The heart swells with pride, the muscles regain their power, the spring returns to your step. You’re almost finished: 95 miles under the belt and the end’s in sight.
Except… Some bugger’s moved the finish. It’s the prospect facing the brave souls who tackle the West Highland Way (WHW) if the good citizens of Fort William have their way.
Plans are afoot to add an extra 1.5km to the route (a mile in old money) to encourage successful walkers to spend more money in the town (surely, to enjoy a more enlightening vista at the culmination of their trek – Ed).
At present, the 153km (95 mile) route ends rather anticlimactically at a roundabout at Nevis Bridge, though grough has to say that the office map shows it ending coincidentally with the Great Glen Way at the next roundabout, near the hospital, railway station and the Nevisport café, which is a better bet. So it’s fair to say there’s already some confusion. Originally, when it was opened as Scotland’s first national trail route 26 years ago, it dropped down into the western end of town direct from the Lochan Lùnn Dà-Bhrà. This was changed in 1991 to bring walkers into Fort William through Glen Nevis.
Highland Council meets this week, presumably to the sound of ringing tills, to consider the proposal to lure walkers from what is admittedly a ‘disappointing visual feature’ into a more commercially attractive one.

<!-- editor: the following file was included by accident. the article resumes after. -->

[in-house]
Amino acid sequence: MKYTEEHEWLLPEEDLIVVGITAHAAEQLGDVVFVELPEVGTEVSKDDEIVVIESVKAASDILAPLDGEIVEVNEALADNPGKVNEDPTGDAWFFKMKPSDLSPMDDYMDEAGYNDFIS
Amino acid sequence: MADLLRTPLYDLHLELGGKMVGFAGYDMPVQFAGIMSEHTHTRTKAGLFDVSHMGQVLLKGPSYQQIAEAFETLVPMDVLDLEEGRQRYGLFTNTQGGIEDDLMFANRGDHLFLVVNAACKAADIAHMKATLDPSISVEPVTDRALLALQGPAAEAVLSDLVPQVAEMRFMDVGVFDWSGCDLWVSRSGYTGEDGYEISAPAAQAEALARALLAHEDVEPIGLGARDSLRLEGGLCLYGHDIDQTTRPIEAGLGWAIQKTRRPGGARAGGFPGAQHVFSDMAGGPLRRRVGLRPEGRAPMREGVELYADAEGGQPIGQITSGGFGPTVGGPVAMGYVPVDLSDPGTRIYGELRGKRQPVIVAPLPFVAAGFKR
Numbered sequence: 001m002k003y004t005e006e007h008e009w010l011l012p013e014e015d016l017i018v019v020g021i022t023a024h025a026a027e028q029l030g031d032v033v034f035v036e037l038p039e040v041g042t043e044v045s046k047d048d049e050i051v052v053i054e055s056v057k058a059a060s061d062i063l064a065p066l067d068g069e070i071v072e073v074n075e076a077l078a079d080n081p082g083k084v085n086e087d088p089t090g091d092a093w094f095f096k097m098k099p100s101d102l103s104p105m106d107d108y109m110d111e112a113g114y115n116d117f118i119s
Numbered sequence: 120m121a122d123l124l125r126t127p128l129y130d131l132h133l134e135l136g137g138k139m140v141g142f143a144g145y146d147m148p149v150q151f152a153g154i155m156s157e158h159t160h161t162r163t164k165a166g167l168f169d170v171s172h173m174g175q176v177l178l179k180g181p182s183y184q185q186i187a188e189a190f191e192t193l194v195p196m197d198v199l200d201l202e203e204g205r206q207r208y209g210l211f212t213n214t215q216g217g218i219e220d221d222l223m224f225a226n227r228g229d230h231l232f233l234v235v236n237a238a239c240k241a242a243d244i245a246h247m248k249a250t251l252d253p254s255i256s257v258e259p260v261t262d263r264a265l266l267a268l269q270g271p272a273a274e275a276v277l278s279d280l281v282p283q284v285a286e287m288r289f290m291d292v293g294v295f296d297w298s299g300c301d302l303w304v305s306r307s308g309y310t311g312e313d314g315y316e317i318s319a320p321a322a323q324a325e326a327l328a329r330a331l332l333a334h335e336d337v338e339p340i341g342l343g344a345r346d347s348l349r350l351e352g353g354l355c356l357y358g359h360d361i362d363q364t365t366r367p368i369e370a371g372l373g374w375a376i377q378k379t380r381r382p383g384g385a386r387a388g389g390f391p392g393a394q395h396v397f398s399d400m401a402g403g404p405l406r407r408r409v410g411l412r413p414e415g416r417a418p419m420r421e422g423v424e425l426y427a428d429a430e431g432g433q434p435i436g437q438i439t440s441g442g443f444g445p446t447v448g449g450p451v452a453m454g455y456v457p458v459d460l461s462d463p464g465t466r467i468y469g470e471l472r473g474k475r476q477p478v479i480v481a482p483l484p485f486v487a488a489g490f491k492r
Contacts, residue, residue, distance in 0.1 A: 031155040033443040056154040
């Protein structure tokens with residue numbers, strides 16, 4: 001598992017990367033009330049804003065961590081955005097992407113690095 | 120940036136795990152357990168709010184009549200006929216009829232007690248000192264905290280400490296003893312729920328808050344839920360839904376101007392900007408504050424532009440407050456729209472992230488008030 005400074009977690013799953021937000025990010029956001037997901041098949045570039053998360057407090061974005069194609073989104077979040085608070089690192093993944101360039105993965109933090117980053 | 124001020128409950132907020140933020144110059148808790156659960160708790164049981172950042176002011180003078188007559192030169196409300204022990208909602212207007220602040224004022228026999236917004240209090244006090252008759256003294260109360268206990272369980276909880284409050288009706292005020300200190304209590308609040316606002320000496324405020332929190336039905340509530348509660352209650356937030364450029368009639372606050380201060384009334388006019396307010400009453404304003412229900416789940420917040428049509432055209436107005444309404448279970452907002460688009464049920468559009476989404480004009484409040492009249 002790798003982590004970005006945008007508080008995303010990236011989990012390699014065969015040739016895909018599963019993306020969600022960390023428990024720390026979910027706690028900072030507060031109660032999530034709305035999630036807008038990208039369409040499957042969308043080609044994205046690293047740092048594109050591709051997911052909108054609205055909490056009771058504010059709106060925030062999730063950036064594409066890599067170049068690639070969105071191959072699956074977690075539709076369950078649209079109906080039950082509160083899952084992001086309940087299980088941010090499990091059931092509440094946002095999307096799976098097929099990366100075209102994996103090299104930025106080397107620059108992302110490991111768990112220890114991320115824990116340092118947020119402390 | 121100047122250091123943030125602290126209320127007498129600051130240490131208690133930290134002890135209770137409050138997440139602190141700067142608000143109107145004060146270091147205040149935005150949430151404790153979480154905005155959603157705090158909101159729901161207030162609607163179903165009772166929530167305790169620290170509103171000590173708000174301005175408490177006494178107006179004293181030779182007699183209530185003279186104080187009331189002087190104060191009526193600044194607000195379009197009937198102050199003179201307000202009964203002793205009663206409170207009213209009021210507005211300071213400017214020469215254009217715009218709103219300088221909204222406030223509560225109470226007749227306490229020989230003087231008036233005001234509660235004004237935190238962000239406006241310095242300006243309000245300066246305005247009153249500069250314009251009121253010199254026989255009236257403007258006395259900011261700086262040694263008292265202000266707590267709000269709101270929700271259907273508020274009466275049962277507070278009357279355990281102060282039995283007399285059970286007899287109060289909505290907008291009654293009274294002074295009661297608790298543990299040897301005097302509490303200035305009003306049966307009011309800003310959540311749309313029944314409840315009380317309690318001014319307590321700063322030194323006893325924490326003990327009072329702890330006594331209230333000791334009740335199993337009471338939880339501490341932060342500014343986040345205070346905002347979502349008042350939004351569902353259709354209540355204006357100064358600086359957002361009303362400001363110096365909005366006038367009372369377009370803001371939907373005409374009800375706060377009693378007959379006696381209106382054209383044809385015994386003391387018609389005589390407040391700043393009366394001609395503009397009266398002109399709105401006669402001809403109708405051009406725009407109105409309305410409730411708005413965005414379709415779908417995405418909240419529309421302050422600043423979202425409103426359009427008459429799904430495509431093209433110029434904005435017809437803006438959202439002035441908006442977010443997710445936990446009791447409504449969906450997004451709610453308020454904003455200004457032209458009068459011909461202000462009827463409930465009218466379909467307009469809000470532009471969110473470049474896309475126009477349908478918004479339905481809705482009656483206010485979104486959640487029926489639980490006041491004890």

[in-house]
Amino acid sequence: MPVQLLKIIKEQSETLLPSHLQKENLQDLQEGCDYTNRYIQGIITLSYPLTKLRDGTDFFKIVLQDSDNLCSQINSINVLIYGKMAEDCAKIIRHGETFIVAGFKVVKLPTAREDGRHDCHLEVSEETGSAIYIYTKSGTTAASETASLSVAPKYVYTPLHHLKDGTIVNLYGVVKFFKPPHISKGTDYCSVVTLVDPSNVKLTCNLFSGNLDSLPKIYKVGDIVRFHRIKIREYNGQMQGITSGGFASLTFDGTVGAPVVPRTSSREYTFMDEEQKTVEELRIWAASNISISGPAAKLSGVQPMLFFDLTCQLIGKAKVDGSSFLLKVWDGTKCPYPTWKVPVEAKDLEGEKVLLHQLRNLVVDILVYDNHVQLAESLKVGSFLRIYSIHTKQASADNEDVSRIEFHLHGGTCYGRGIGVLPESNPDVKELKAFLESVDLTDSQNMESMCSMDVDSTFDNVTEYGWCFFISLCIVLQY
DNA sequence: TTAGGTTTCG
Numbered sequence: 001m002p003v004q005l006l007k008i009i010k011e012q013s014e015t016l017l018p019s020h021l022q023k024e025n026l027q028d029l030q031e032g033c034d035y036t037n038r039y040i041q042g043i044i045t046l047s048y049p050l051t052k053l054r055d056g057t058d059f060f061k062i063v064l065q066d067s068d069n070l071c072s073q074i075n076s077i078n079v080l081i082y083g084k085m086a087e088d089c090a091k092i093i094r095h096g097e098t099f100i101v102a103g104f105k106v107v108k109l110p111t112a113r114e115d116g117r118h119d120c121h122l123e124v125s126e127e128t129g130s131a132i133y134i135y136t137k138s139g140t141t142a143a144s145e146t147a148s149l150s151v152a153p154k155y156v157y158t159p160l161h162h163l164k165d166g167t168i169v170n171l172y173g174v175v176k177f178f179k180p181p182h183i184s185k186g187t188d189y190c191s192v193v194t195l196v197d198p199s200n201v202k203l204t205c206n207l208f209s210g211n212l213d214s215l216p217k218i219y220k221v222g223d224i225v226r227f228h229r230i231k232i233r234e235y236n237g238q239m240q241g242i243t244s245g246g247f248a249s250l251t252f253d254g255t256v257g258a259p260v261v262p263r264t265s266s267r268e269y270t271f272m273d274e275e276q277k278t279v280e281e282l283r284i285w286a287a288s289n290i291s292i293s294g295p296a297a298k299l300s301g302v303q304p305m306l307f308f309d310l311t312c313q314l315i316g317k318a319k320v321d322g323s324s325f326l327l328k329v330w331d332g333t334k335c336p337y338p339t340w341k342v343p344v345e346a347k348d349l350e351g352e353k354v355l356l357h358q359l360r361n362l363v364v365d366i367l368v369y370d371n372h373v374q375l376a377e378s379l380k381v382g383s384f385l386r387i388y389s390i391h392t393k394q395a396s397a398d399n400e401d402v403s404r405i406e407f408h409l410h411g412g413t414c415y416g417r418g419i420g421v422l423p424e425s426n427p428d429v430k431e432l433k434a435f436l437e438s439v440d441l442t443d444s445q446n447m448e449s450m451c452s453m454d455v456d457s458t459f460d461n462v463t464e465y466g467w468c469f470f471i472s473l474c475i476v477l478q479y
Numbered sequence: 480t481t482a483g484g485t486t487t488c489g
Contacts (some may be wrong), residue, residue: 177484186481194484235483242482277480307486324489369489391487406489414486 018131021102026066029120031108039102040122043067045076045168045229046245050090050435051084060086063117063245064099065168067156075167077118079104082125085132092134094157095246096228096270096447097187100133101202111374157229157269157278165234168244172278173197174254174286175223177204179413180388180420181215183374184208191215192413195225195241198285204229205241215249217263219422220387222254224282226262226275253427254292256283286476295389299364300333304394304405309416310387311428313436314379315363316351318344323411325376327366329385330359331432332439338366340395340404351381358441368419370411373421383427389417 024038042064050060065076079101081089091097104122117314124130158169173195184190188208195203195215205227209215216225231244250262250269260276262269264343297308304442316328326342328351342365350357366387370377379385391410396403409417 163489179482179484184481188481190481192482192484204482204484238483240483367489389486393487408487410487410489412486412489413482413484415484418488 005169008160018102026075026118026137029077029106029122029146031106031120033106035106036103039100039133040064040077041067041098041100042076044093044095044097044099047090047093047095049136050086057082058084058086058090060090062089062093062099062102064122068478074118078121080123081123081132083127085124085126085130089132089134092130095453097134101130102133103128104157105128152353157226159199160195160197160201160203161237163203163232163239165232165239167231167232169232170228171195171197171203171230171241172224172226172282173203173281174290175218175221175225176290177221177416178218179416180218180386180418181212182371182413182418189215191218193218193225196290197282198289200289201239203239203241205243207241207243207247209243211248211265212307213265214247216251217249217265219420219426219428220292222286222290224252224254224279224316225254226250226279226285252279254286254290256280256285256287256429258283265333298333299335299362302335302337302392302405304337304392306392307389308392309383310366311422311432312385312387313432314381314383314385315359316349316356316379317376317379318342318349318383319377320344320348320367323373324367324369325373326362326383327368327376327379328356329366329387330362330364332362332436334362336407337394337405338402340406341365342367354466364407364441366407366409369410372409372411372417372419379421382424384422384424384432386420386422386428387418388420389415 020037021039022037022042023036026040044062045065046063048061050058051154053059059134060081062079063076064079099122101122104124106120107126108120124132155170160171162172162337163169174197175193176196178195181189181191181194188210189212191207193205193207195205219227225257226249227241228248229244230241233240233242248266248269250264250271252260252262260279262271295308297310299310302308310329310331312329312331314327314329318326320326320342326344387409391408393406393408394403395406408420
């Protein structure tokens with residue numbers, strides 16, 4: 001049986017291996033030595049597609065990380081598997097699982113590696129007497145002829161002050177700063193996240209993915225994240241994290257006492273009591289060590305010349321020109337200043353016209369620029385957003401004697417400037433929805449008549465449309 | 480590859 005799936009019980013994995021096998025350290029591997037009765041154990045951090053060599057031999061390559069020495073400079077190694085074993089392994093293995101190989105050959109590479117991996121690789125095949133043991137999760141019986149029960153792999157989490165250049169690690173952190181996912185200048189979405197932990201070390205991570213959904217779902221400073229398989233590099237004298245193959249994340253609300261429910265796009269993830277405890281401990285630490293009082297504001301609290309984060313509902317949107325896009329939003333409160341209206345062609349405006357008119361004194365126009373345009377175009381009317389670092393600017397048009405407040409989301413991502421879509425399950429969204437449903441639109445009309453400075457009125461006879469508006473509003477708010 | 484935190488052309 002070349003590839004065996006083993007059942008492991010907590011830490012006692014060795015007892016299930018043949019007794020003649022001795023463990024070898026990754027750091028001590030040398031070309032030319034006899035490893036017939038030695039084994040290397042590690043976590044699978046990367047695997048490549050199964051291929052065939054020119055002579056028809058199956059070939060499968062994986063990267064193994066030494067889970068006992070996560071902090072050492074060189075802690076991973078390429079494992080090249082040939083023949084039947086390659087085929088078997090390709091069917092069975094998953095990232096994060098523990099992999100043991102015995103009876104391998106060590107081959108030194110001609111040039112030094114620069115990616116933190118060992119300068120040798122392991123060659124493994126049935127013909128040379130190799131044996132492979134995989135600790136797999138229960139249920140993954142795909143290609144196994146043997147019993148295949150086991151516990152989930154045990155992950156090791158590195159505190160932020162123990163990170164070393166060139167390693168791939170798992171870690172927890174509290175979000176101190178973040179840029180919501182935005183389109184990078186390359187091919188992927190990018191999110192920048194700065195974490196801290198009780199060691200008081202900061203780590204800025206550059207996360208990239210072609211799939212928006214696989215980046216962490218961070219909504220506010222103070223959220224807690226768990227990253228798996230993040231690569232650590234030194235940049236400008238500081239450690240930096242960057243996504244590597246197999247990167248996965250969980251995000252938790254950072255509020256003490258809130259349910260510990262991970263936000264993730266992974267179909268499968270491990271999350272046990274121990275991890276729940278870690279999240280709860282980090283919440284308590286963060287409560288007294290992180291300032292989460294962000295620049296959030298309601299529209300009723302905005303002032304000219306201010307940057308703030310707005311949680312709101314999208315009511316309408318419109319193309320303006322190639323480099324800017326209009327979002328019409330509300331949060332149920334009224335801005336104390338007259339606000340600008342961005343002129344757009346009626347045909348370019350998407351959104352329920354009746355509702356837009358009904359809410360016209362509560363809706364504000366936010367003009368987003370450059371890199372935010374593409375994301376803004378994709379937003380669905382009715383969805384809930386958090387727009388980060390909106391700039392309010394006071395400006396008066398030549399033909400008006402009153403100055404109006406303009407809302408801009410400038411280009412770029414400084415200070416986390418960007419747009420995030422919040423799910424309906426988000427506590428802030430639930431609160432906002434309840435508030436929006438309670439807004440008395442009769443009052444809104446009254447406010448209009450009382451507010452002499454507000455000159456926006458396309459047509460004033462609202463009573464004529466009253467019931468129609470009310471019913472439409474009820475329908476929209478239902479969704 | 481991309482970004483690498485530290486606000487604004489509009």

Senior planning officer Geoff Robson said: “The existing endpoint is detached from the town and has a poor setting on the margins of a car park on the edge of a busy trunk road.
“It needs to clearly be of a status and quality equal to the northern end of 95 miles of superb walking on Scotland’s premier long-distance footpath.”
Suggestions for the new finish point include Cameron Square, where the tourist information office is, and Gordon Square, along with The Parade. Or just leaving it where it is. Moving to Fort William’s retail heart would make sense, as the route begins in a 60s-style shopping precinct in Milngavie next to an occasional hot-dog stand.
grough’s favourite proposal is the Drew Purdon’s idea. Drew runs the Scottish Crafts and Whisky Centre in the town’s west end. He said: “In the interests of fairness, they should have the end on wheels and have it at one end of the High Street one year and at the other the next.”
There’s plenty at stake for the businesses of Charles Kennedy’s home town: 15,000 people are said to walk the full length each year and the WHW benefits those along its route to the tune of an estimated £3.5m a year.
So those thinking about undertaking the may just have to walk that extra mile in future to get the tee shirt. And badge. And mug. And hat. And car sticker…